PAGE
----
Alcohol Content

The amount of alcohol a drink contains depends on many factors: the type of yeast used, the amount and type of sugar used, and the temperature during the process of fermentation. Different combinations produce different beverages, which contain different concentrations of alcohol. Of the three basic types of alcoholic drinks—beer, wine, and liquor— each has a different alcohol content.

In general, beer brewed in America contains 3 to 6 percent

During the fermentation process, yeast converts the sugar from grapes (in wine production) or from grains (in beer production) into alcohol. In the production of other alcoholic drinks like whiskey, the alcohol is concentrated through a process known as distillation.

alcohol. The basic American beer is made from malted barley and hops (ripened and dried cones from the hop plant). Brewers mix the malted barley with water and grains such as corn or rice. When this mixture is heated, starches in the grains convert into sugar and other carbohydrates. Brewers then remove the grains and boil the mixture with hops for flavor. Yeast is then added to start the fermentation process, changing the sugar into alcohol. Brewers generally age the beer for several weeks or months to improve its flavor.

The process of fermenting grapes and berries produces wine. Wine can be made from other fruits as well, including apples and pears. Wine may even be made from certain plants, such as dandelions. Winemakers affect the flavor of the wine by choosing certain grapes or fruits to use and deciding when to harvest them. Grapes or berries are removed from their stems and crushed. For white wine, the skins and pulp are separated from the juice; for red wine, the skins and seeds are fermented along with the juice. Yeast then converts the sugar in the grapes or fruit into alcohol.

Temperature affects the rate at which fermentation takes place. Red wines are generally fermented at a higher temperature for a shorter period of time than that for white wines. The wine is then aged in barrels or stainless-steel tanks. Wine varies in its alcohol content, generally containing about 10 percent alcohol. Some wines, including sherry and port wines, are described as "fortified" to indicate that ethanol has been added. These wines have an even higher alcohol content.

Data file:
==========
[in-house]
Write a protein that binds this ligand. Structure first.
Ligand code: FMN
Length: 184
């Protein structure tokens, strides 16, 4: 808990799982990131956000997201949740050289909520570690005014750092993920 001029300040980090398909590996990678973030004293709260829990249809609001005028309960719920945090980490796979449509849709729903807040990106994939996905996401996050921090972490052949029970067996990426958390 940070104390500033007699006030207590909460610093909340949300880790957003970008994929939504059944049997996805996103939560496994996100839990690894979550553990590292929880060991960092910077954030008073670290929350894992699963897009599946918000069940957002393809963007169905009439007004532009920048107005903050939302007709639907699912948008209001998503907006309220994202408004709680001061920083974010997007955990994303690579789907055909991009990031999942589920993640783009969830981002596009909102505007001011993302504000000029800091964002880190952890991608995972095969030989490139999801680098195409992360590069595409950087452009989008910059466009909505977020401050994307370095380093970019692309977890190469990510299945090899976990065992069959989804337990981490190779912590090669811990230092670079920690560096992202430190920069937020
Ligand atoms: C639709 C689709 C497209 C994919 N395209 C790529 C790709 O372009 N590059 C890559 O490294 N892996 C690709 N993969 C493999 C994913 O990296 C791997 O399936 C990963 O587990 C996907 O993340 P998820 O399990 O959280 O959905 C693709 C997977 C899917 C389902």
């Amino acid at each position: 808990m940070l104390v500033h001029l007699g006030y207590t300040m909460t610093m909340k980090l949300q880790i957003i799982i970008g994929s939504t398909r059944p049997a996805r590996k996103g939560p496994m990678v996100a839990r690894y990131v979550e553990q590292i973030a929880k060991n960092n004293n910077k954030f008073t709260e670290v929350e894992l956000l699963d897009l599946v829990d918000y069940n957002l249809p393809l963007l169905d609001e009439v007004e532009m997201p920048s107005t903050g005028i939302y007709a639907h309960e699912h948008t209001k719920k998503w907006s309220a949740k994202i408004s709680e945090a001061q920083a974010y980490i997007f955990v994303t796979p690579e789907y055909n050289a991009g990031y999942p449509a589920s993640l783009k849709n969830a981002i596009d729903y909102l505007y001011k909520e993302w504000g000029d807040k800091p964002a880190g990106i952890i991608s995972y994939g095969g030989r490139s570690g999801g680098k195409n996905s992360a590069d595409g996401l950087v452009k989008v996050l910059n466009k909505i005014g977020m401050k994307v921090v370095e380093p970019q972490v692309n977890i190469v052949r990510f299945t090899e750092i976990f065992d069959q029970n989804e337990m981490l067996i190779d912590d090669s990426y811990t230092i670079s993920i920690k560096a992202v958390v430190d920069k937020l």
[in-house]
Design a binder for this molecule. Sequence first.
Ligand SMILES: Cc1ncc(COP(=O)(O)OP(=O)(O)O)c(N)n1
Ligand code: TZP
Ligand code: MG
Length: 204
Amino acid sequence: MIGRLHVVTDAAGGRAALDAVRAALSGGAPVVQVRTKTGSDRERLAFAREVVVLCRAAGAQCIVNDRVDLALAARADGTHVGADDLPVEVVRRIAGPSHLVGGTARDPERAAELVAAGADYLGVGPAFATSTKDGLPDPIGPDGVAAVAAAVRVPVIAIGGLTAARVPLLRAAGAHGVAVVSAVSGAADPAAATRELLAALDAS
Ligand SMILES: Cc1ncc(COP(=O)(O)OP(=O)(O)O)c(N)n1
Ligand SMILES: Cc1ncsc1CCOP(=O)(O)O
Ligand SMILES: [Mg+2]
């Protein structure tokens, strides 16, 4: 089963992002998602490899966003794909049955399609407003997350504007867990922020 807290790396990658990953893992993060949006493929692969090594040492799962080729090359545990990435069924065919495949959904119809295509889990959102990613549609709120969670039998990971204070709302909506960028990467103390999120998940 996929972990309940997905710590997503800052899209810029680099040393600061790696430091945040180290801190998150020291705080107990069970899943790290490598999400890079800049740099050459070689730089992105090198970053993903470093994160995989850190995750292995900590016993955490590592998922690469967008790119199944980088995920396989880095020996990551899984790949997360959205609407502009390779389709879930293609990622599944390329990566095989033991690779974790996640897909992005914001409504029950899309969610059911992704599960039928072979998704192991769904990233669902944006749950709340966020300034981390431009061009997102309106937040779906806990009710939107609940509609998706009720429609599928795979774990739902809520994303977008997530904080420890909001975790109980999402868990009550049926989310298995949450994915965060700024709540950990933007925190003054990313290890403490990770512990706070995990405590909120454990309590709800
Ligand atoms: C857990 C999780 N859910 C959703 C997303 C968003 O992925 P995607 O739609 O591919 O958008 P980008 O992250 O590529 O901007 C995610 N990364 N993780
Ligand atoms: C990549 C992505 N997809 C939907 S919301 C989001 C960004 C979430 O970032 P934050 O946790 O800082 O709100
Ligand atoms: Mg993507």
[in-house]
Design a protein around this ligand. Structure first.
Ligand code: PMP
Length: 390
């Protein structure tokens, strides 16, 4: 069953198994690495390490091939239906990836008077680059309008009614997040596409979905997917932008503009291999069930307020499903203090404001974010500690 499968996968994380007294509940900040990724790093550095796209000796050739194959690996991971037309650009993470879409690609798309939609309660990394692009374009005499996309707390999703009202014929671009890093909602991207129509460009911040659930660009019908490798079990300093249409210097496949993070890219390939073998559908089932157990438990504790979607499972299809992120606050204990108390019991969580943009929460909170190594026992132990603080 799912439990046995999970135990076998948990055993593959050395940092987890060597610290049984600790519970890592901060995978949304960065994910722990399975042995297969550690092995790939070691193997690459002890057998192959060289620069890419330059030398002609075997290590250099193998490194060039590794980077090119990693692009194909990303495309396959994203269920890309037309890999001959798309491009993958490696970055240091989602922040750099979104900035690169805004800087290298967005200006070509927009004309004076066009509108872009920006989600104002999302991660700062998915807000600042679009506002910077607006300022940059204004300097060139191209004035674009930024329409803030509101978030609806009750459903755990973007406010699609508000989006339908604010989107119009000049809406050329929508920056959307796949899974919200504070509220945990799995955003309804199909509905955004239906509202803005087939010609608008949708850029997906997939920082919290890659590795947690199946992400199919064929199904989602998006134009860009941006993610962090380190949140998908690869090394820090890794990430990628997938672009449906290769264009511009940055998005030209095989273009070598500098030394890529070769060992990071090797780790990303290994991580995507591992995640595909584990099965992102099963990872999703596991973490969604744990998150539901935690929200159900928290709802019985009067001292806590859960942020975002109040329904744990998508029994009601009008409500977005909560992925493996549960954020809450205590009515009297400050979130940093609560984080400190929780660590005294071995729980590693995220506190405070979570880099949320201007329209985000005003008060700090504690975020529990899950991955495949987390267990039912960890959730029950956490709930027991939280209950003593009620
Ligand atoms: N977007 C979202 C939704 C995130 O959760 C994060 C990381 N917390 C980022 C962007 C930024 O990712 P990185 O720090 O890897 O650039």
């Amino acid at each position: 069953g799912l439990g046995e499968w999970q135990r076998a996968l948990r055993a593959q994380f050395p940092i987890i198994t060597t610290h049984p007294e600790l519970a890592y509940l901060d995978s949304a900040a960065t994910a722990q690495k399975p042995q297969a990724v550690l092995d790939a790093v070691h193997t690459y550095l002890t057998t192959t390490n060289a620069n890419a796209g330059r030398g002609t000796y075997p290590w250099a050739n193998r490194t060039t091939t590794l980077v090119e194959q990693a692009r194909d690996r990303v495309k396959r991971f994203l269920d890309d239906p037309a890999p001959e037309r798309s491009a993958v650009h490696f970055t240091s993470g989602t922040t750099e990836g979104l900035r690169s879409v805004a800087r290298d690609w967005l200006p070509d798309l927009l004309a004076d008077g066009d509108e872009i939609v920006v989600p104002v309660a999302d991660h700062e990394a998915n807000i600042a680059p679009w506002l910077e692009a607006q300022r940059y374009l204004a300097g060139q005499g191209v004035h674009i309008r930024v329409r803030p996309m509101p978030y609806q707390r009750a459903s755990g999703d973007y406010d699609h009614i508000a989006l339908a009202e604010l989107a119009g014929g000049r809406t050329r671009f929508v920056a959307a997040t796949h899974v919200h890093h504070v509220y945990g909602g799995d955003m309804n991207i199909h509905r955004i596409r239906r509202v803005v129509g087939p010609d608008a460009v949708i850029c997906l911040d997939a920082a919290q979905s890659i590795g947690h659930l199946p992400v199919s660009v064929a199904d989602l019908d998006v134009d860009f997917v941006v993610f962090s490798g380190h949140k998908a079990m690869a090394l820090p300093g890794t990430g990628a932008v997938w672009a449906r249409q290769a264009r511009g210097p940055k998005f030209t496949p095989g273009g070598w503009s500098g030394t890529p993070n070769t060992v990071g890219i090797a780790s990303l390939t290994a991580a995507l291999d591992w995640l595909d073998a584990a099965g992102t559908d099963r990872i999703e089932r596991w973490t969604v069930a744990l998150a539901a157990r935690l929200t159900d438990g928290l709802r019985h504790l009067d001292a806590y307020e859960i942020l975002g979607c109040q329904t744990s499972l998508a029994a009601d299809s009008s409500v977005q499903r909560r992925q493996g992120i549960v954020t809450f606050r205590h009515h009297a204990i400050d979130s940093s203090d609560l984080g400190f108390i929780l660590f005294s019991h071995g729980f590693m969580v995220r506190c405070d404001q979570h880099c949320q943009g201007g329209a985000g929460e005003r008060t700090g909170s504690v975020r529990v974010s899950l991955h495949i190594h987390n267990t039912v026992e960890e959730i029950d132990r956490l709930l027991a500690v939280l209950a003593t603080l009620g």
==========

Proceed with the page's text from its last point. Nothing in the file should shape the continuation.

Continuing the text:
Alcoholic beverages other than wine may contain a higher alcohol content than wine. Whiskey, for example, is made from grain (generally corn), which then undergoes a distillation process to increase the amount of alcohol it contains. The fermented mixture of grain (sometimes called mash) is heated in a closed container. The ethanol boils up as steam. It then is separated, cooled, and re-liquefied.

Alcoholic beverages containing this type of purer ethyl alcohol are generally described as distilled. Their alcoholic content ranges from 40 to 50 percent.

How can you tell how much alcohol a drink contains? Some beers and wines list the alcohol content directly on their label. Other types of alcoholic beverages use the word "proof" on their labels. To find out the alcoholic content of these beverages, divide the proof in half. For example, a vodka or whiskey that claims to be "80 proof" contains 40 percent alcohol.

Even though alcoholic beverages contain different amounts of alcohol, this does not mean that one is more dangerous or addictive than another. Distilled spirits are not somehow "worse" than beer or wine. You can become addicted to alcohol no matter how it is packaged.